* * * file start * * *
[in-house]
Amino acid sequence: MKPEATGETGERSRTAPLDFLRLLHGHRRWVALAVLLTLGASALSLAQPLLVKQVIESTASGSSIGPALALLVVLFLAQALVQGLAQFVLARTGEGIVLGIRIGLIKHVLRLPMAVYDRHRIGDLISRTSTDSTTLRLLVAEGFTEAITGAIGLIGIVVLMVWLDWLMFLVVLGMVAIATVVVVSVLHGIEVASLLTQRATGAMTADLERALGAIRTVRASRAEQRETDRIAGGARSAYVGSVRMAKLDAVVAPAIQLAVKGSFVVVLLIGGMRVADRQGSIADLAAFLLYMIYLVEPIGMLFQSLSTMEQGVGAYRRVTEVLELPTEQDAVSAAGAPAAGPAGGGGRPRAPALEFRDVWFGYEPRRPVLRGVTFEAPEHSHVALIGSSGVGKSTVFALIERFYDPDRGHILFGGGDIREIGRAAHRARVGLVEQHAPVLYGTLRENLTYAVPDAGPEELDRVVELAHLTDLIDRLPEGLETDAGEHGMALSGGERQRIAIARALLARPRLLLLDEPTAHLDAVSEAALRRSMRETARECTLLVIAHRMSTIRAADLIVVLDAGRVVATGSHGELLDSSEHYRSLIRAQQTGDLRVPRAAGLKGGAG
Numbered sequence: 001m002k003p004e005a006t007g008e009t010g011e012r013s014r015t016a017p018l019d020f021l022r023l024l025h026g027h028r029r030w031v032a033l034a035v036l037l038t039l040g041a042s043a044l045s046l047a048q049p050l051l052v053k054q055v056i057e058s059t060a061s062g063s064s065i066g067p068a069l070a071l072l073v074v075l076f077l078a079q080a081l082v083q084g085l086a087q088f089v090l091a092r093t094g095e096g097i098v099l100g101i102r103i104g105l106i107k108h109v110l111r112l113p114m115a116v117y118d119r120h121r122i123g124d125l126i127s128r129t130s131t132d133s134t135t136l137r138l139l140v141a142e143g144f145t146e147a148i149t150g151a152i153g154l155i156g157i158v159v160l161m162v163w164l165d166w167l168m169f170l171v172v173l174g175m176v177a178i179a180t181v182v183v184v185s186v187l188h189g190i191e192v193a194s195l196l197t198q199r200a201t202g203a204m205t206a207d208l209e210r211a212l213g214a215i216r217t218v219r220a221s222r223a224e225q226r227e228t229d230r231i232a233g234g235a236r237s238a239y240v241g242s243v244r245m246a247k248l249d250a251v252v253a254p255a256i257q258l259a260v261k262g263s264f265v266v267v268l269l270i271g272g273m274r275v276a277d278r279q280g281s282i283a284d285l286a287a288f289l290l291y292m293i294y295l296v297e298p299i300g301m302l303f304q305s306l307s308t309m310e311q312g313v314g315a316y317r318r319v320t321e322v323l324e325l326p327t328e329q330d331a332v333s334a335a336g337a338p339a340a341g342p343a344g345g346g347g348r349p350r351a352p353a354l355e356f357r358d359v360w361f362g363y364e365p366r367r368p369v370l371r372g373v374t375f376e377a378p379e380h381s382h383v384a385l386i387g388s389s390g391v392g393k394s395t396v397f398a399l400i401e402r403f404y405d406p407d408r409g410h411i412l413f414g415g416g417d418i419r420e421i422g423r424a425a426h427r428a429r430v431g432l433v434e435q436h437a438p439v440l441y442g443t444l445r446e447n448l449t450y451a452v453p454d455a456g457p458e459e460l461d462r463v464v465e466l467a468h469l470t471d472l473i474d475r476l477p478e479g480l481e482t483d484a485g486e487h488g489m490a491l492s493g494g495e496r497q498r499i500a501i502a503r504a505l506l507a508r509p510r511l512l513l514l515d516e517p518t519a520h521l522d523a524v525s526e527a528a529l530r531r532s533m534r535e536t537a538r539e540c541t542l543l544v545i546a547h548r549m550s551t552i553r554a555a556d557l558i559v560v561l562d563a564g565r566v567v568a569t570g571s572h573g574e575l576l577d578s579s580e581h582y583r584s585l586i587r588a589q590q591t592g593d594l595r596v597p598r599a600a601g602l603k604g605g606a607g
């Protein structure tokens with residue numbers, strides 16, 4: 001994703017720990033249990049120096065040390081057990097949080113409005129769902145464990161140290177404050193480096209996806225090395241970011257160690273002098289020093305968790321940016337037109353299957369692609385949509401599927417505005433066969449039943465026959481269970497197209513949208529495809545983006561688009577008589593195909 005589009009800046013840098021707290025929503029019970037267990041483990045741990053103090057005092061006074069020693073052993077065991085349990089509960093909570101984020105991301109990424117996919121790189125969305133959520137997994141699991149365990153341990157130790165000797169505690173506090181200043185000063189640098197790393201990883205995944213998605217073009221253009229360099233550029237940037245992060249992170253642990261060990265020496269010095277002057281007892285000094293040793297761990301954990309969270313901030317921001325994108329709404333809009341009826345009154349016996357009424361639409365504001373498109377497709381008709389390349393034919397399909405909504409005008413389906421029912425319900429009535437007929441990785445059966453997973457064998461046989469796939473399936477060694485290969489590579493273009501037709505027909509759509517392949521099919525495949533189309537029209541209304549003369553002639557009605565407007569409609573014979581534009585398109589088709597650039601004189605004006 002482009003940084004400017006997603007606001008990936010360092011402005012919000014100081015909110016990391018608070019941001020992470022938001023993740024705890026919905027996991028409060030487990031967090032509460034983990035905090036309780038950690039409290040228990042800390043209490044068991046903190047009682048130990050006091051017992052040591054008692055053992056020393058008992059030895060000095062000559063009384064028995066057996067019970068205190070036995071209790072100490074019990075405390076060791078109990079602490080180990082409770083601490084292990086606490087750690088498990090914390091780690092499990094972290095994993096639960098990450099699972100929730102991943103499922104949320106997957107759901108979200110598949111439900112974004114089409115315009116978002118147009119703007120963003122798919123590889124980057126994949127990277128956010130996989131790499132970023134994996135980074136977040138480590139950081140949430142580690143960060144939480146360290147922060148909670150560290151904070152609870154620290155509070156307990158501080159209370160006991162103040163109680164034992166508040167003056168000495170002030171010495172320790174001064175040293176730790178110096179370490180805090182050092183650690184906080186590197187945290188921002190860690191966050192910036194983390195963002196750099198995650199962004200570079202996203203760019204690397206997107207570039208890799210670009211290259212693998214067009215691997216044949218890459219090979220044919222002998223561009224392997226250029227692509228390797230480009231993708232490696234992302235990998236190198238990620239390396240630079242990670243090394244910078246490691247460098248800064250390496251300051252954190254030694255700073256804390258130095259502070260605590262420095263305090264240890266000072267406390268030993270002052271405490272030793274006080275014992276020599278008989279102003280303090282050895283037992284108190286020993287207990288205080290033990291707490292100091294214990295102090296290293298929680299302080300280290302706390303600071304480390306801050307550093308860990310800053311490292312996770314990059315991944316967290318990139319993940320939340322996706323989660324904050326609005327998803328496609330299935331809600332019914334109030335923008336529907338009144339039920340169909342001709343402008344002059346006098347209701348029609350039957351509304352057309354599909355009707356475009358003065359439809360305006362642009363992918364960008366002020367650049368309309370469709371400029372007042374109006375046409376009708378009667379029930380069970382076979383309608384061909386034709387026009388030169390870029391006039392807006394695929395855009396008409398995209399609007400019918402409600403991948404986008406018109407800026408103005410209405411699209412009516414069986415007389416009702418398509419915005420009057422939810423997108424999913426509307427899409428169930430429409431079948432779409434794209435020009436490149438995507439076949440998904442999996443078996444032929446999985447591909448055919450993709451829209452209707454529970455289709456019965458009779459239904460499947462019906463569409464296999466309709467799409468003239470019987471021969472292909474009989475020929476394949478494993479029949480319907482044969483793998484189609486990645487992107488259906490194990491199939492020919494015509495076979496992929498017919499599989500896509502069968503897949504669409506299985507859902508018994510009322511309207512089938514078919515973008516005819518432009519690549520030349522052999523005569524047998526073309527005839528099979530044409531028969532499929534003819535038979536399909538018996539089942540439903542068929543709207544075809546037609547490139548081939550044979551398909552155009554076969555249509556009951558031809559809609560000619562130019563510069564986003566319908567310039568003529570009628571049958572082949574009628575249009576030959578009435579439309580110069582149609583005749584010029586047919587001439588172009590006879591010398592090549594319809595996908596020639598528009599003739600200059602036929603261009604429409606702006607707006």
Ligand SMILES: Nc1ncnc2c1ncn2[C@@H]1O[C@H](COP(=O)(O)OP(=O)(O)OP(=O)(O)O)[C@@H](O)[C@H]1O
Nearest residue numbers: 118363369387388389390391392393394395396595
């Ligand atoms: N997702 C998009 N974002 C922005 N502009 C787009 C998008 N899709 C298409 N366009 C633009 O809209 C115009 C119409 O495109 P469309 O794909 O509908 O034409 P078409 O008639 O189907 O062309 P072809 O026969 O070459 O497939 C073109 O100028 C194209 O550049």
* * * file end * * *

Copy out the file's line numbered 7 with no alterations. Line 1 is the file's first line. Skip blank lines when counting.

């Ligand atoms: N997702 C998009 N974002 C922005 N502009 C787009 C998008 N899709 C298409 N366009 C633009 O809209 C115009 C119409 O495109 P469309 O794909 O509908 O034409 P078409 O008639 O189907 O062309 P072809 O026969 O070459 O497939 C073109 O100028 C194209 O550049």